What is one of the things you will not forget from past TG Conventions?
What has made TG Conventions stand out as “must attend” events is, I think, the fact that they promote a culture of sharing, collaborating and networking!  
IF you could offer one piece of advice to new Educators in the field of ELT what would it be?
To stay alert and keep their eyes, ears and mind open to what each of their learners’ needs each time… Sometimes, we think we know what they need but, in reality, we don’t 
Sunday, 26 February 2017 21:51

Kyriaki Koukouraki

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"A Task-based Approach to English for Academic Purposes"

Could you tell us a few things about your presentation and how it relates to this year’s Convention theme?
“A task based approach to EAP” will present, apart from the theoretical background, some practical ideas on how to use this teaching methodology in the very special field of English for Academic Purposes.
 
Is “keeping it practical” an important part of present day EFL classrooms? Why, do you think, this is?
It definitely is, because very often theoretical frameworks need some adjustment to work under real-life EFL classroom conditions.
 
What is one piece of advice that has been a beacon for your teaching over the years?
Never give up and do your best to inspire your students.
 
How important is CPD (Continuous Professional Development) in the teaching of languages?
It has the same paramount importance as in any other profession. Teachers should keep up with the latest teaching trends and technologies used in language teaching.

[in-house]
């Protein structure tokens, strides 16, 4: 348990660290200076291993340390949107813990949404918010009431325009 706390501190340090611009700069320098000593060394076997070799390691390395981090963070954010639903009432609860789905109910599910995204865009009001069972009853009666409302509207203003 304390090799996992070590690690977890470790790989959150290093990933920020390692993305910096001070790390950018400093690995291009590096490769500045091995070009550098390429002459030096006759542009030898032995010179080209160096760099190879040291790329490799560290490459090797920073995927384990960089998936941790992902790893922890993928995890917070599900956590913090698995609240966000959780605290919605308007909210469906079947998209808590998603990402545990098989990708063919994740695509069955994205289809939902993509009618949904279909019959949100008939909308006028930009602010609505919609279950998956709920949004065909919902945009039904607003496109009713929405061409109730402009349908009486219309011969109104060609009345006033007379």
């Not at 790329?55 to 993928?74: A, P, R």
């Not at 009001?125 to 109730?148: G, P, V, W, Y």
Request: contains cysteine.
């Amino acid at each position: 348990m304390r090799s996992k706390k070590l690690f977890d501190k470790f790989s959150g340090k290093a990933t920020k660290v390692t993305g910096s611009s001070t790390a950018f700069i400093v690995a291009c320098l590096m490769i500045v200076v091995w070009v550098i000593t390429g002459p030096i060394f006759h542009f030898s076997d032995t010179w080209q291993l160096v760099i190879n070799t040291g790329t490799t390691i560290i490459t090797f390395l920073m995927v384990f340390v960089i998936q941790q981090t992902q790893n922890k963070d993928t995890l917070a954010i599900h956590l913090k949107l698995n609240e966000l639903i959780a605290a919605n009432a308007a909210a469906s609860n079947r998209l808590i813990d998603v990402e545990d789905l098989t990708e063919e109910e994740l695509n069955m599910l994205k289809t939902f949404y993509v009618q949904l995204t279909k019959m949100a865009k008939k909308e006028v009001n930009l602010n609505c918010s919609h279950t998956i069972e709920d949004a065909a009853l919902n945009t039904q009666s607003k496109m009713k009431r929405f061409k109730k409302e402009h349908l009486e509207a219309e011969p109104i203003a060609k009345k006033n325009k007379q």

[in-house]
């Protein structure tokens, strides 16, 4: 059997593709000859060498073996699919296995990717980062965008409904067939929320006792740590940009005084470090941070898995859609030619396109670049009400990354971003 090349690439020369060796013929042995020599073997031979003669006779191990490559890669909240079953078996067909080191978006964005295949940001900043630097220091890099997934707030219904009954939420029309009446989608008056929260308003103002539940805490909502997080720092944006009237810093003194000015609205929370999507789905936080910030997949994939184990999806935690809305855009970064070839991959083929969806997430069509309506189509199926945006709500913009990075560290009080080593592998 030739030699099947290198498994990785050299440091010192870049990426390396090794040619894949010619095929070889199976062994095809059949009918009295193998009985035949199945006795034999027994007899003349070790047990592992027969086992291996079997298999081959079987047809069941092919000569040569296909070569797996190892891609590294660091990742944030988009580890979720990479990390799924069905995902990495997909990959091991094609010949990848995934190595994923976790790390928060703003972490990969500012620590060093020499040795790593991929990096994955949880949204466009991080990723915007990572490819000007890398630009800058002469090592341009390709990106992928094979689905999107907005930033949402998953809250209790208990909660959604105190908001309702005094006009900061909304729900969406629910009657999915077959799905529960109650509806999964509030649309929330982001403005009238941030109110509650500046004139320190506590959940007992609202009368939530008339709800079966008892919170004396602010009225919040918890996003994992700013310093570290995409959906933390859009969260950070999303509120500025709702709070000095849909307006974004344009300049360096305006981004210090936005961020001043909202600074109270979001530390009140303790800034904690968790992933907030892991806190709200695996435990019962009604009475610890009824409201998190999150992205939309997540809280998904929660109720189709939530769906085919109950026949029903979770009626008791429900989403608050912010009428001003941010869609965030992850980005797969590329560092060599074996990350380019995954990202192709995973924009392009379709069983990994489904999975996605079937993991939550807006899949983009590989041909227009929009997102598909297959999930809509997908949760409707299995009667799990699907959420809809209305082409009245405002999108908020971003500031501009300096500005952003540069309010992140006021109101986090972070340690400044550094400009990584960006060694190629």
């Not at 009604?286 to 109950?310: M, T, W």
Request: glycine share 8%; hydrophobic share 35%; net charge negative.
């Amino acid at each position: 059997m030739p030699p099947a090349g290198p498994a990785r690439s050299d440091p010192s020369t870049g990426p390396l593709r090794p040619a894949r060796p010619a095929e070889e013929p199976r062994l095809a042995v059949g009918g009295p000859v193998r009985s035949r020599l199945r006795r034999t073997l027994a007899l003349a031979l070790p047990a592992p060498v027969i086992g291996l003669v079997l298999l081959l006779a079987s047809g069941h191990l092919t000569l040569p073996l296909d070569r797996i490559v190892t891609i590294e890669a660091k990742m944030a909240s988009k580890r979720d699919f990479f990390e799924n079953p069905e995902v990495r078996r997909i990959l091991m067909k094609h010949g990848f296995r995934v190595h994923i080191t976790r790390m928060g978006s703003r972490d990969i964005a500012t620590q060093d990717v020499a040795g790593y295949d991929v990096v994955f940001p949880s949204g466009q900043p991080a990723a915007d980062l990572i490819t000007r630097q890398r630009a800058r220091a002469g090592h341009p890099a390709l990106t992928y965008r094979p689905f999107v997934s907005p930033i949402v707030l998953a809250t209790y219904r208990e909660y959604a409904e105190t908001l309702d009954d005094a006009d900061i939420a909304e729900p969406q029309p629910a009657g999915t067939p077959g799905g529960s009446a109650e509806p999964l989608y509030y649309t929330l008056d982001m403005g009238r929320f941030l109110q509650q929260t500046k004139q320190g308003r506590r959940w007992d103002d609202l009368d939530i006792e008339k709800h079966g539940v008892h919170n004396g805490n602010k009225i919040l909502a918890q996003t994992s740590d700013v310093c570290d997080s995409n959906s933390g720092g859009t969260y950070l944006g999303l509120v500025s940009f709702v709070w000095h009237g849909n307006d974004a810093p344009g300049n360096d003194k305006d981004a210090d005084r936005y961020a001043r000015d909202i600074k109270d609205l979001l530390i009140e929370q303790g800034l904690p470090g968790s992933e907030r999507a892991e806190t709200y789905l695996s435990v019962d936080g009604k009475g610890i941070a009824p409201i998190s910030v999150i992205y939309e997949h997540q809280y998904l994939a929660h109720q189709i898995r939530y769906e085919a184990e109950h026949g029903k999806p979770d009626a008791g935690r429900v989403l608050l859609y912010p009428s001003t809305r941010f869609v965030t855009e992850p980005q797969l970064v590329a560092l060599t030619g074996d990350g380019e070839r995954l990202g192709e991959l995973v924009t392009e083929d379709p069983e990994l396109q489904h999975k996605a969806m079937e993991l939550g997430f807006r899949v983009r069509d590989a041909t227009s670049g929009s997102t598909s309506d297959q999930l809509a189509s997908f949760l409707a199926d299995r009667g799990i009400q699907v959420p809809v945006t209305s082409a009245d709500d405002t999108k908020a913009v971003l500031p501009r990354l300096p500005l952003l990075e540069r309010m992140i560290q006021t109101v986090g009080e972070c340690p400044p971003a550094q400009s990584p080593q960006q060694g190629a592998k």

What is one of the things you will not forget from past TG Conventions?
Meeting great, inspirational people!
 
IF you could give one piece of advice to new Educators in the field of ELT what would it be?
In difficult times, remember what made you become an educator in the first place. 
Sunday, 26 February 2017 21:42

Hanaa Khamis

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"Flip your Classroom with Voice­ Apps"

 

Could you tell ­us a few things about­ your presentation an­d how it relates to this year’­s Convention theme?

My workshop demonstrates some handy mobile apps that help teachers reach out to their learners and vice versa through audio, video, text and/or images combined together. They’re simply user-friendly, time-saving and interactive. In a nutshell, they help teachers keep it practical.


Briefly tell us­ a few things about y­ourself as a professi­onal.

I'm an Egyptian ELT practitioner and teacher trainer. My training interests include instructional technology, pedagogy and assessment.


Is “keeping it ­practical” an importa­nt part of present da­y EFL classrooms? Why, do y­ou think, this is?